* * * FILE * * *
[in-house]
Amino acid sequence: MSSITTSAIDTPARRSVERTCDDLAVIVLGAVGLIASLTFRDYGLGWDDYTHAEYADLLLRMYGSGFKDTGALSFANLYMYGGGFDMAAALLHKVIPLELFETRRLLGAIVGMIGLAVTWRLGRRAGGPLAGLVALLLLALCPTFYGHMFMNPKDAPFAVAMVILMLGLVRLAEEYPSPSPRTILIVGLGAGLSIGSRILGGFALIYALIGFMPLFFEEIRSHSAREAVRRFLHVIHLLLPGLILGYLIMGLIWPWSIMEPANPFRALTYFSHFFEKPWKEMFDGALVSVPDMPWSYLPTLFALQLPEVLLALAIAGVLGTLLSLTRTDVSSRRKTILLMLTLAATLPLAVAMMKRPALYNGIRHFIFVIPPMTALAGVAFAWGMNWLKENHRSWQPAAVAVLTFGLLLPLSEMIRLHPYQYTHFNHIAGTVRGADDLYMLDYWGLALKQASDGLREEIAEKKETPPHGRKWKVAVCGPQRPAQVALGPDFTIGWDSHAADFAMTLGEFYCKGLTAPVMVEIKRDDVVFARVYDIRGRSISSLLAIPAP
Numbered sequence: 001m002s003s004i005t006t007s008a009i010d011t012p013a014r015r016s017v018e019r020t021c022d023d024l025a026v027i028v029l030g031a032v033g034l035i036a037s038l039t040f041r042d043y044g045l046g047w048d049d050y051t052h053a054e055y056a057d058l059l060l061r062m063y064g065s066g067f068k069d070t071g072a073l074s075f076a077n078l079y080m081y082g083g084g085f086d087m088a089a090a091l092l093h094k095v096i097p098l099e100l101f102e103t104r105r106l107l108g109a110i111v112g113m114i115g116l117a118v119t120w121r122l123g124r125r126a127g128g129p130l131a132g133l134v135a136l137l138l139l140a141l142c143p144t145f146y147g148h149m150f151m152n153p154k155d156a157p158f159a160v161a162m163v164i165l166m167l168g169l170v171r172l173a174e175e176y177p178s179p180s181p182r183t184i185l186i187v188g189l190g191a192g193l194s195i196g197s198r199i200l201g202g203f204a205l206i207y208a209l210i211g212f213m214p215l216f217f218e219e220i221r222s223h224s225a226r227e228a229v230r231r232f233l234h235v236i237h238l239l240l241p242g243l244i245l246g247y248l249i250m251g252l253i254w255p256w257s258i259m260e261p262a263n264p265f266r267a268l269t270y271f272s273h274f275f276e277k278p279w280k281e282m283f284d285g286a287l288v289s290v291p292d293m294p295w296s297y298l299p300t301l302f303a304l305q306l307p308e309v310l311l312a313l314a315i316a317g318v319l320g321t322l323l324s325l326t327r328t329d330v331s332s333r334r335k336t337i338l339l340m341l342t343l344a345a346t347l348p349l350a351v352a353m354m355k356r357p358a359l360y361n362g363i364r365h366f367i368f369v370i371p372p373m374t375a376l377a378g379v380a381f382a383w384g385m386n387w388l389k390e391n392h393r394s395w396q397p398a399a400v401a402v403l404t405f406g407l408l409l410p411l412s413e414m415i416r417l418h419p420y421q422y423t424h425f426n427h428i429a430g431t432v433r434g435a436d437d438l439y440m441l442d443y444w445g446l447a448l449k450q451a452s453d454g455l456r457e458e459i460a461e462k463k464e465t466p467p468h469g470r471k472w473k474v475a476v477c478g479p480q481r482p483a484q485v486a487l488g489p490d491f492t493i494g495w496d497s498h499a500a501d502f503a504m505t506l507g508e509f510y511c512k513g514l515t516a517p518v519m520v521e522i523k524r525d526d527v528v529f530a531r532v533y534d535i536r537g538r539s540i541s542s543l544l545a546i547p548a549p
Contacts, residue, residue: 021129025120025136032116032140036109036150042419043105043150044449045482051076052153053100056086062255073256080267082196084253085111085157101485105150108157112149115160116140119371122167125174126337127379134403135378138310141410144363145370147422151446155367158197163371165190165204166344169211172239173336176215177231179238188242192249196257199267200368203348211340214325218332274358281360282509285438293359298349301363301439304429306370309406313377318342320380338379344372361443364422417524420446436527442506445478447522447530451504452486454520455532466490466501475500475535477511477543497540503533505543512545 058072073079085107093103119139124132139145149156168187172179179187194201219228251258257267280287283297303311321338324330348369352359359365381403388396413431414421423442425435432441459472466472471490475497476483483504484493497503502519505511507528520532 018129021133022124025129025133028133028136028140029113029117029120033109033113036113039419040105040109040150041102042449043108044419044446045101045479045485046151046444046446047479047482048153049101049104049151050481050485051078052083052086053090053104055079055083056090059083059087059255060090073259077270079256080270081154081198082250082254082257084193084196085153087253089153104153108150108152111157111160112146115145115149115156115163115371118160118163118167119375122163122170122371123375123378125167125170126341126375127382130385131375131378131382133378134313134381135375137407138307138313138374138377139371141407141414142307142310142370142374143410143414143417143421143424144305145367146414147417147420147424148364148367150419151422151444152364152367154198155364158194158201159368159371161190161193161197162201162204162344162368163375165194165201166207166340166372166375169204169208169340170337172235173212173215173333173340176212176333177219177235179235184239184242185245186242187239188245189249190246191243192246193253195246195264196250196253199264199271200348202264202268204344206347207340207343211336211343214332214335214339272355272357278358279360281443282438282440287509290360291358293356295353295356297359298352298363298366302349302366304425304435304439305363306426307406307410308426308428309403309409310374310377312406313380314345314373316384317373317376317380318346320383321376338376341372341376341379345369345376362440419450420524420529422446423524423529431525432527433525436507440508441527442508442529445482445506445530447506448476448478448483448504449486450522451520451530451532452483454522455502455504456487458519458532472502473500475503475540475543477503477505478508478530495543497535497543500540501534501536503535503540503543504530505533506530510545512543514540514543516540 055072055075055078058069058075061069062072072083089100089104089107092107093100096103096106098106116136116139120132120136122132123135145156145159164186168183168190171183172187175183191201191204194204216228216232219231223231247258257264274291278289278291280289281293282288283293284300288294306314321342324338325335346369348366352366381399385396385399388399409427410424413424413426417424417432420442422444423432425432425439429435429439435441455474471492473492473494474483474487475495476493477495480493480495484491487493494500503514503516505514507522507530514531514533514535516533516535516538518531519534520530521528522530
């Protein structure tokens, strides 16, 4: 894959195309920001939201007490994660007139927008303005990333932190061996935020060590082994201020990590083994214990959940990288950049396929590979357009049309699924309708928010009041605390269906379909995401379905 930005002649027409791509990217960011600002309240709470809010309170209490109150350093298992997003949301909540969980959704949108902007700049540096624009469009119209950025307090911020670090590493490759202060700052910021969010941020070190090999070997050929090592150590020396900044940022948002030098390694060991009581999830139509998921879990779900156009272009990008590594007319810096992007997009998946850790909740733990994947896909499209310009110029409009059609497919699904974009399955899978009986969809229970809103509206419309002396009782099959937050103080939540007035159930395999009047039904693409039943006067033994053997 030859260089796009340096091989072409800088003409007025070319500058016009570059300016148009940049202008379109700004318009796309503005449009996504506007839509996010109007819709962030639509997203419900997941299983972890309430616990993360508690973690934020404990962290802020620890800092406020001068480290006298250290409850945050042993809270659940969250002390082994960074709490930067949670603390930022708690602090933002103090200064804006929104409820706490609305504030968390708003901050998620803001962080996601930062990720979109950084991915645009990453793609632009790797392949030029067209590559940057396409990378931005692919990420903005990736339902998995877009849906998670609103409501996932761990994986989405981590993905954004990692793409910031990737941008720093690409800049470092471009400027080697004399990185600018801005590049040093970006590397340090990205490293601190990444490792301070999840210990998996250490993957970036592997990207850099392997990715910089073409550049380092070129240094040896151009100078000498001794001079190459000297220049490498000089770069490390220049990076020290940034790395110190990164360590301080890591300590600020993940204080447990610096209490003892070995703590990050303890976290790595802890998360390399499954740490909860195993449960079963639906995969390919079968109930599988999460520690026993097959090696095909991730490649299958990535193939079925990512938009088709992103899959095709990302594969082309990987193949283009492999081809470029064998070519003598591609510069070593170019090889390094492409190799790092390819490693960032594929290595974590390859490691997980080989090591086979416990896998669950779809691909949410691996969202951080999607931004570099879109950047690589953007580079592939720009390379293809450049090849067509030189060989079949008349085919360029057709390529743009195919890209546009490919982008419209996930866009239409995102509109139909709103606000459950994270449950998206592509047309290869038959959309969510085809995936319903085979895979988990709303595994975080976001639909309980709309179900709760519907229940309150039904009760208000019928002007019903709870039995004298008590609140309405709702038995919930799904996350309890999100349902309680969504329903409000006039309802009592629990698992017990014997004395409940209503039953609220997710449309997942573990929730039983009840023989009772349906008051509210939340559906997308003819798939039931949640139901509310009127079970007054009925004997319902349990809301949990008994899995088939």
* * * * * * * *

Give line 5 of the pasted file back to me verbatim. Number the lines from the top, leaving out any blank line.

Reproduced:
């Protein structure tokens, strides 16, 4: 894959195309920001939201007490994660007139927008303005990333932190061996935020060590082994201020990590083994214990959940990288950049396929590979357009049309699924309708928010009041605390269906379909995401379905 930005002649027409791509990217960011600002309240709470809010309170209490109150350093298992997003949301909540969980959704949108902007700049540096624009469009119209950025307090911020670090590493490759202060700052910021969010941020070190090999070997050929090592150590020396900044940022948002030098390694060991009581999830139509998921879990779900156009272009990008590594007319810096992007997009998946850790909740733990994947896909499209310009110029409009059609497919699904974009399955899978009986969809229970809103509206419309002396009782099959937050103080939540007035159930395999009047039904693409039943006067033994053997 030859260089796009340096091989072409800088003409007025070319500058016009570059300016148009940049202008379109700004318009796309503005449009996504506007839509996010109007819709962030639509997203419900997941299983972890309430616990993360508690973690934020404990962290802020620890800092406020001068480290006298250290409850945050042993809270659940969250002390082994960074709490930067949670603390930022708690602090933002103090200064804006929104409820706490609305504030968390708003901050998620803001962080996601930062990720979109950084991915645009990453793609632009790797392949030029067209590559940057396409990378931005692919990420903005990736339902998995877009849906998670609103409501996932761990994986989405981590993905954004990692793409910031990737941008720093690409800049470092471009400027080697004399990185600018801005590049040093970006590397340090990205490293601190990444490792301070999840210990998996250490993957970036592997990207850099392997990715910089073409550049380092070129240094040896151009100078000498001794001079190459000297220049490498000089770069490390220049990076020290940034790395110190990164360590301080890591300590600020993940204080447990610096209490003892070995703590990050303890976290790595802890998360390399499954740490909860195993449960079963639906995969390919079968109930599988999460520690026993097959090696095909991730490649299958990535193939079925990512938009088709992103899959095709990302594969082309990987193949283009492999081809470029064998070519003598591609510069070593170019090889390094492409190799790092390819490693960032594929290595974590390859490691997980080989090591086979416990896998669950779809691909949410691996969202951080999607931004570099879109950047690589953007580079592939720009390379293809450049090849067509030189060989079949008349085919360029057709390529743009195919890209546009490919982008419209996930866009239409995102509109139909709103606000459950994270449950998206592509047309290869038959959309969510085809995936319903085979895979988990709303595994975080976001639909309980709309179900709760519907229940309150039904009760208000019928002007019903709870039995004298008590609140309405709702038995919930799904996350309890999100349902309680969504329903409000006039309802009592629990698992017990014997004395409940209503039953609220997710449309997942573990929730039983009840023989009772349906008051509210939340559906997308003819798939039931949640139901509310009127079970007054009925004997319902349990809301949990008994899995088939």